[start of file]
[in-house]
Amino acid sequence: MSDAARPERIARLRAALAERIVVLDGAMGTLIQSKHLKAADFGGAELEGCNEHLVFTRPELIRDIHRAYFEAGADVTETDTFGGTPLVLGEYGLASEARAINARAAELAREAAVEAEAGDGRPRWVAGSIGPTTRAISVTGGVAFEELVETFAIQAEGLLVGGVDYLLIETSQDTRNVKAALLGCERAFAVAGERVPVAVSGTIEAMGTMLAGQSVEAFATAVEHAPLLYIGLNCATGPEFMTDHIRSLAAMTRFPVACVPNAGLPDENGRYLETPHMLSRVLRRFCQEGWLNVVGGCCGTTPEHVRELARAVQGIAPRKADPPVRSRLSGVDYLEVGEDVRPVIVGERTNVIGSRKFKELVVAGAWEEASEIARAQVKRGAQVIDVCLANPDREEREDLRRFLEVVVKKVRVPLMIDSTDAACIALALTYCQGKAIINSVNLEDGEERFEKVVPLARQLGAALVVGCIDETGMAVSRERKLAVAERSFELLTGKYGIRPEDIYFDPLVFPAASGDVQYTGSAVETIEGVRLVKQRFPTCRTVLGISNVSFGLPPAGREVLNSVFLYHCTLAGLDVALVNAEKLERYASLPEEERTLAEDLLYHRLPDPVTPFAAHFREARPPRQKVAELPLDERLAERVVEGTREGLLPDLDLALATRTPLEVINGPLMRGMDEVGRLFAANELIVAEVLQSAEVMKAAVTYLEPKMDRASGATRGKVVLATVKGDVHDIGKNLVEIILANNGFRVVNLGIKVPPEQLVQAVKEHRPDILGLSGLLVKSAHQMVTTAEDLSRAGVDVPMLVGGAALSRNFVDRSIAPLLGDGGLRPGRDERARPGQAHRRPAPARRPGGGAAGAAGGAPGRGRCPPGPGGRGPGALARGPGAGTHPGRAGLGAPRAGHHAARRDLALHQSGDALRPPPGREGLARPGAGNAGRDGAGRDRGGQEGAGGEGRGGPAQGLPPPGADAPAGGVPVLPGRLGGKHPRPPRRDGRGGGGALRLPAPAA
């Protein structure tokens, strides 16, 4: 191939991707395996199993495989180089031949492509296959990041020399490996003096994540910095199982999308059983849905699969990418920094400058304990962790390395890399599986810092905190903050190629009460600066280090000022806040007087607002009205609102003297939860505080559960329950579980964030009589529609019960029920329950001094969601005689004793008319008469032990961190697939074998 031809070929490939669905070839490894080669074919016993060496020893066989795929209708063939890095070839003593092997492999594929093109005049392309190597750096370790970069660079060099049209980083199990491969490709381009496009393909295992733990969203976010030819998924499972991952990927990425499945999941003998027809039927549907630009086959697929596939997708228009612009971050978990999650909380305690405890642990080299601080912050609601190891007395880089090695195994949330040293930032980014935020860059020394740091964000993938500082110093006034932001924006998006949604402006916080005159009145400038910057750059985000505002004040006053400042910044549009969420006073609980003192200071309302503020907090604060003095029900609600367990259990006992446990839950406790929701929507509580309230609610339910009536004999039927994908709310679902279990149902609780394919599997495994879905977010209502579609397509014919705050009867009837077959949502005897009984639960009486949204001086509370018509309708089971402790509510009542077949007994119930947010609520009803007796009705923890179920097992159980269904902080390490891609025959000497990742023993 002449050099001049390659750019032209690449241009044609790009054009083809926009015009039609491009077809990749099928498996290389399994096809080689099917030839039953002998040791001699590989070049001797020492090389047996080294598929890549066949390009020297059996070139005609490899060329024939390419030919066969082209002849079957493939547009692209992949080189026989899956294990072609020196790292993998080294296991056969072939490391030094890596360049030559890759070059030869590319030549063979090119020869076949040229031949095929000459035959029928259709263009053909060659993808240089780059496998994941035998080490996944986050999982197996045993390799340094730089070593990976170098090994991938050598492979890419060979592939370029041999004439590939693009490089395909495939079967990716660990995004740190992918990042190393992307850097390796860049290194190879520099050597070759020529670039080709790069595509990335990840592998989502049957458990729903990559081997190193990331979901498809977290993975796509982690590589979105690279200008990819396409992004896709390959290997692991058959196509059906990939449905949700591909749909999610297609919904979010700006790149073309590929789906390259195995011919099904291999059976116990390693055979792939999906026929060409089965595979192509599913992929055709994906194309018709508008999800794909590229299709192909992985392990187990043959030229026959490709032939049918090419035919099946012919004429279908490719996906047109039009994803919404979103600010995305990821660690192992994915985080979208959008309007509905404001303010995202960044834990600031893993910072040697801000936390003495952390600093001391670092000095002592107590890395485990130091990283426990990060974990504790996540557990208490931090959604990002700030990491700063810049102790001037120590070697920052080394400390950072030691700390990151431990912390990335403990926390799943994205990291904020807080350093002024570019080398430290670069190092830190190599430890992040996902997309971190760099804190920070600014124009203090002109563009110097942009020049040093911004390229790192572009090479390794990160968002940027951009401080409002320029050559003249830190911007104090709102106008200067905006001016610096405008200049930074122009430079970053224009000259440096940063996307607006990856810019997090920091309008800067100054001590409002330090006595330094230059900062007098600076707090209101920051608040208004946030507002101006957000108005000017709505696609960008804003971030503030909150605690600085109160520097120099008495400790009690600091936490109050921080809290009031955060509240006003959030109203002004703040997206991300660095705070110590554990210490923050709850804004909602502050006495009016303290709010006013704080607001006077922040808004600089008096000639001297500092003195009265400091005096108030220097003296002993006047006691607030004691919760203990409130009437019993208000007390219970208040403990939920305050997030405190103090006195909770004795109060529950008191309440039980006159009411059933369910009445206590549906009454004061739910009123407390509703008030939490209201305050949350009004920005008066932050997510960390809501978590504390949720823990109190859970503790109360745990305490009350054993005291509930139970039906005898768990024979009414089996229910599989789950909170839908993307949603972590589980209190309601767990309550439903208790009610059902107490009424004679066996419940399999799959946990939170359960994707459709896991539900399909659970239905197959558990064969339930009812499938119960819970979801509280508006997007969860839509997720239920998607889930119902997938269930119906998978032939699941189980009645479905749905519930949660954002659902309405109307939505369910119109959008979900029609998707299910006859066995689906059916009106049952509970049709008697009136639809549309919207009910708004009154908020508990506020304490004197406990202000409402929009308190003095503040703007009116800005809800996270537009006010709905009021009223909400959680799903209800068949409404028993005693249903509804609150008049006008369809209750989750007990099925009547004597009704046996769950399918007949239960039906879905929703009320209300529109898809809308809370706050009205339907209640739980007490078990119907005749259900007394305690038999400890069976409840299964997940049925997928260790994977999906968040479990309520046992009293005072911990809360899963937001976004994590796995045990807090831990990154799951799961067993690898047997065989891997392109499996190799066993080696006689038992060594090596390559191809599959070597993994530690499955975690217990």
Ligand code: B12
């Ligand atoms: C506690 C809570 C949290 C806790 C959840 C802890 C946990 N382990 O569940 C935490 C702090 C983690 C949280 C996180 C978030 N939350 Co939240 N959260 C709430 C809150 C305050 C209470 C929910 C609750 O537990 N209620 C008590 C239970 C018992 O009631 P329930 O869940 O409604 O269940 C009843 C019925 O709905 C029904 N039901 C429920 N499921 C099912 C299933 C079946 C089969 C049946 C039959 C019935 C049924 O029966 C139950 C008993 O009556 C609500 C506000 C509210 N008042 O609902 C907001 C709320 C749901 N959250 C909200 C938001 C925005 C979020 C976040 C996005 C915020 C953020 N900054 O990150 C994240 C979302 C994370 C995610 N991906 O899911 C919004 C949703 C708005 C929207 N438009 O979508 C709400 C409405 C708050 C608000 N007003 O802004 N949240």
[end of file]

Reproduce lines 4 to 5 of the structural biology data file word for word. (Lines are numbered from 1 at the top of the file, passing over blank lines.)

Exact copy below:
Ligand code: B12
């Ligand atoms: C506690 C809570 C949290 C806790 C959840 C802890 C946990 N382990 O569940 C935490 C702090 C983690 C949280 C996180 C978030 N939350 Co939240 N959260 C709430 C809150 C305050 C209470 C929910 C609750 O537990 N209620 C008590 C239970 C018992 O009631 P329930 O869940 O409604 O269940 C009843 C019925 O709905 C029904 N039901 C429920 N499921 C099912 C299933 C079946 C089969 C049946 C039959 C019935 C049924 O029966 C139950 C008993 O009556 C609500 C506000 C509210 N008042 O609902 C907001 C709320 C749901 N959250 C909200 C938001 C925005 C979020 C976040 C996005 C915020 C953020 N900054 O990150 C994240 C979302 C994370 C995610 N991906 O899911 C919004 C949703 C708005 C929207 N438009 O979508 C709400 C409405 C708050 C608000 N007003 O802004 N949240």